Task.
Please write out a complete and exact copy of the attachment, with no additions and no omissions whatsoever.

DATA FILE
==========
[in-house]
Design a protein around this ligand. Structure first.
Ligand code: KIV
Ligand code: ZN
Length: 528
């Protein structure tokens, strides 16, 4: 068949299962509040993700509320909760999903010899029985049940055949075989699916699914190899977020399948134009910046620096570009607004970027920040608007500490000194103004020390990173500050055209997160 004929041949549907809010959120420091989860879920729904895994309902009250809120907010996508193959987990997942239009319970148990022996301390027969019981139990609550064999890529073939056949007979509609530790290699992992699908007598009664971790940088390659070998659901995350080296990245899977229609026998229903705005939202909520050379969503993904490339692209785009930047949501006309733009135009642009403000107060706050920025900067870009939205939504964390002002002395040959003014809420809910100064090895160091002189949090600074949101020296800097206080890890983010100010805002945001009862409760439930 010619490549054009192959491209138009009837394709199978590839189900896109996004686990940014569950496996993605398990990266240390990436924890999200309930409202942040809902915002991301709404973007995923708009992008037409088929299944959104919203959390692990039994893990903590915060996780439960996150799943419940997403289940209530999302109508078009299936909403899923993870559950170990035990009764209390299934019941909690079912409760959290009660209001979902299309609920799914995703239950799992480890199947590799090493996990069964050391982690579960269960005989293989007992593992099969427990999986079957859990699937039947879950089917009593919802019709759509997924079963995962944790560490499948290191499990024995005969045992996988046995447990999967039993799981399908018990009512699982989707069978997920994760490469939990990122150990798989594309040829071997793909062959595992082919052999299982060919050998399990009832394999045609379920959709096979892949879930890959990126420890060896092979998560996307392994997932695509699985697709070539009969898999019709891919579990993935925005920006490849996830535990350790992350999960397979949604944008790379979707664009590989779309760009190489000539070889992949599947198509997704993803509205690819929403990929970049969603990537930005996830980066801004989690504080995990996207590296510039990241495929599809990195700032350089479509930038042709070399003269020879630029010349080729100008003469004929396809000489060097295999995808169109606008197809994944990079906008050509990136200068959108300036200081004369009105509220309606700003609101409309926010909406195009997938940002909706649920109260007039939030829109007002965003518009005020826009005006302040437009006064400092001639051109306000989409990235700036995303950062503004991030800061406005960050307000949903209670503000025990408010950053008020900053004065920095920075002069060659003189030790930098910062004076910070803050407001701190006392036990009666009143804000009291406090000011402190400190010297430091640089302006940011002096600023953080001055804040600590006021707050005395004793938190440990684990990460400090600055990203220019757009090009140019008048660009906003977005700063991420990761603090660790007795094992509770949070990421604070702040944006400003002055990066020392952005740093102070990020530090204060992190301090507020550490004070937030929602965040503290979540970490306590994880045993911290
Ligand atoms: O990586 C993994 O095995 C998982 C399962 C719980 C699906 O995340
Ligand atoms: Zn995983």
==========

[in-house]
Design a protein around this ligand. Structure first.
Ligand code: KIV
Ligand code: ZN
Length: 528
């Protein structure tokens, strides 16, 4: 068949299962509040993700509320909760999903010899029985049940055949075989699916699914190899977020399948134009910046620096570009607004970027920040608007500490000194103004020390990173500050055209997160 004929041949549907809010959120420091989860879920729904895994309902009250809120907010996508193959987990997942239009319970148990022996301390027969019981139990609550064999890529073939056949007979509609530790290699992992699908007598009664971790940088390659070998659901995350080296990245899977229609026998229903705005939202909520050379969503993904490339692209785009930047949501006309733009135009642009403000107060706050920025900067870009939205939504964390002002002395040959003014809420809910100064090895160091002189949090600074949101020296800097206080890890983010100010805002945001009862409760439930 010619490549054009192959491209138009009837394709199978590839189900896109996004686990940014569950496996993605398990990266240390990436924890999200309930409202942040809902915002991301709404973007995923708009992008037409088929299944959104919203959390692990039994893990903590915060996780439960996150799943419940997403289940209530999302109508078009299936909403899923993870559950170990035990009764209390299934019941909690079912409760959290009660209001979902299309609920799914995703239950799992480890199947590799090493996990069964050391982690579960269960005989293989007992593992099969427990999986079957859990699937039947879950089917009593919802019709759509997924079963995962944790560490499948290191499990024995005969045992996988046995447990999967039993799981399908018990009512699982989707069978997920994760490469939990990122150990798989594309040829071997793909062959595992082919052999299982060919050998399990009832394999045609379920959709096979892949879930890959990126420890060896092979998560996307392994997932695509699985697709070539009969898999019709891919579990993935925005920006490849996830535990350790992350999960397979949604944008790379979707664009590989779309760009190489000539070889992949599947198509997704993803509205690819929403990929970049969603990537930005996830980066801004989690504080995990996207590296510039990241495929599809990195700032350089479509930038042709070399003269020879630029010349080729100008003469004929396809000489060097295999995808169109606008197809994944990079906008050509990136200068959108300036200081004369009105509220309606700003609101409309926010909406195009997938940002909706649920109260007039939030829109007002965003518009005020826009005006302040437009006064400092001639051109306000989409990235700036995303950062503004991030800061406005960050307000949903209670503000025990408010950053008020900053004065920095920075002069060659003189030790930098910062004076910070803050407001701190006392036990009666009143804000009291406090000011402190400190010297430091640089302006940011002096600023953080001055804040600590006021707050005395004793938190440990684990990460400090600055990203220019757009090009140019008048660009906003977005700063991420990761603090660790007795094992509770949070990421604070702040944006400003002055990066020392952005740093102070990020530090204060992190301090507020550490004070937030929602965040503290979540970490306590994880045993911290
Ligand atoms: O990586 C993994 O095995 C998982 C399962 C719980 C699906 O995340
Ligand atoms: Zn995983």